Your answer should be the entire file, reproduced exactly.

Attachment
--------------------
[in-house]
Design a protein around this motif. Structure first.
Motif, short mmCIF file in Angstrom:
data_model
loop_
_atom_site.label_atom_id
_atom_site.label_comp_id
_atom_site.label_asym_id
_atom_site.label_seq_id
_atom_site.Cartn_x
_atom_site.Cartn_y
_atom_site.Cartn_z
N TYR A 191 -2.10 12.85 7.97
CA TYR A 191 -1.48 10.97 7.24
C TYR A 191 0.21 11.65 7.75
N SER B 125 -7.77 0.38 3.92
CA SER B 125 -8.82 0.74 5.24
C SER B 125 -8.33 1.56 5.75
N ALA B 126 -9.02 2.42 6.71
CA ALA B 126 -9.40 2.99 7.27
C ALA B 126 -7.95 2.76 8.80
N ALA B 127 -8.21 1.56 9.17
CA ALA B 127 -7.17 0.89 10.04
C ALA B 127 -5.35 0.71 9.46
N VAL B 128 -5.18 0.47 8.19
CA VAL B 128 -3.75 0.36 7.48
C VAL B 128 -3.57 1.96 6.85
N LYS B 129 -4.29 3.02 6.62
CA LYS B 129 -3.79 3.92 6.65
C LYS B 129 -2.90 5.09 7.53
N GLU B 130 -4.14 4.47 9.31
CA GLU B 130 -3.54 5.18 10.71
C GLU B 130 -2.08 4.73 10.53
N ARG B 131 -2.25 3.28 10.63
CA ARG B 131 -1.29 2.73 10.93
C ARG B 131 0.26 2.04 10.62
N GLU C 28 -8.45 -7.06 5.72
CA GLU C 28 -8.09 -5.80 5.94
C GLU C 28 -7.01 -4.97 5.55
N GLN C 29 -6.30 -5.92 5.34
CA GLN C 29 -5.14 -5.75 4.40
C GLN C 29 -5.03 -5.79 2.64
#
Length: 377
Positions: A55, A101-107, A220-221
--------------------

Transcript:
[in-house]
Design a protein around this motif. Structure first.
Motif, short mmCIF file in Angstrom:
data_model
loop_
_atom_site.label_atom_id
_atom_site.label_comp_id
_atom_site.label_asym_id
_atom_site.label_seq_id
_atom_site.Cartn_x
_atom_site.Cartn_y
_atom_site.Cartn_z
N TYR A 191 -2.10 12.85 7.97
CA TYR A 191 -1.48 10.97 7.24
C TYR A 191 0.21 11.65 7.75
N SER B 125 -7.77 0.38 3.92
CA SER B 125 -8.82 0.74 5.24
C SER B 125 -8.33 1.56 5.75
N ALA B 126 -9.02 2.42 6.71
CA ALA B 126 -9.40 2.99 7.27
C ALA B 126 -7.95 2.76 8.80
N ALA B 127 -8.21 1.56 9.17
CA ALA B 127 -7.17 0.89 10.04
C ALA B 127 -5.35 0.71 9.46
N VAL B 128 -5.18 0.47 8.19
CA VAL B 128 -3.75 0.36 7.48
C VAL B 128 -3.57 1.96 6.85
N LYS B 129 -4.29 3.02 6.62
CA LYS B 129 -3.79 3.92 6.65
C LYS B 129 -2.90 5.09 7.53
N GLU B 130 -4.14 4.47 9.31
CA GLU B 130 -3.54 5.18 10.71
C GLU B 130 -2.08 4.73 10.53
N ARG B 131 -2.25 3.28 10.63
CA ARG B 131 -1.29 2.73 10.93
C ARG B 131 0.26 2.04 10.62
N GLU C 28 -8.45 -7.06 5.72
CA GLU C 28 -8.09 -5.80 5.94
C GLU C 28 -7.01 -4.97 5.55
N GLN C 29 -6.30 -5.92 5.34
CA GLN C 29 -5.14 -5.75 4.40
C GLN C 29 -5.03 -5.79 2.64
#
Length: 377
Positions: A55, A101-107, A220-221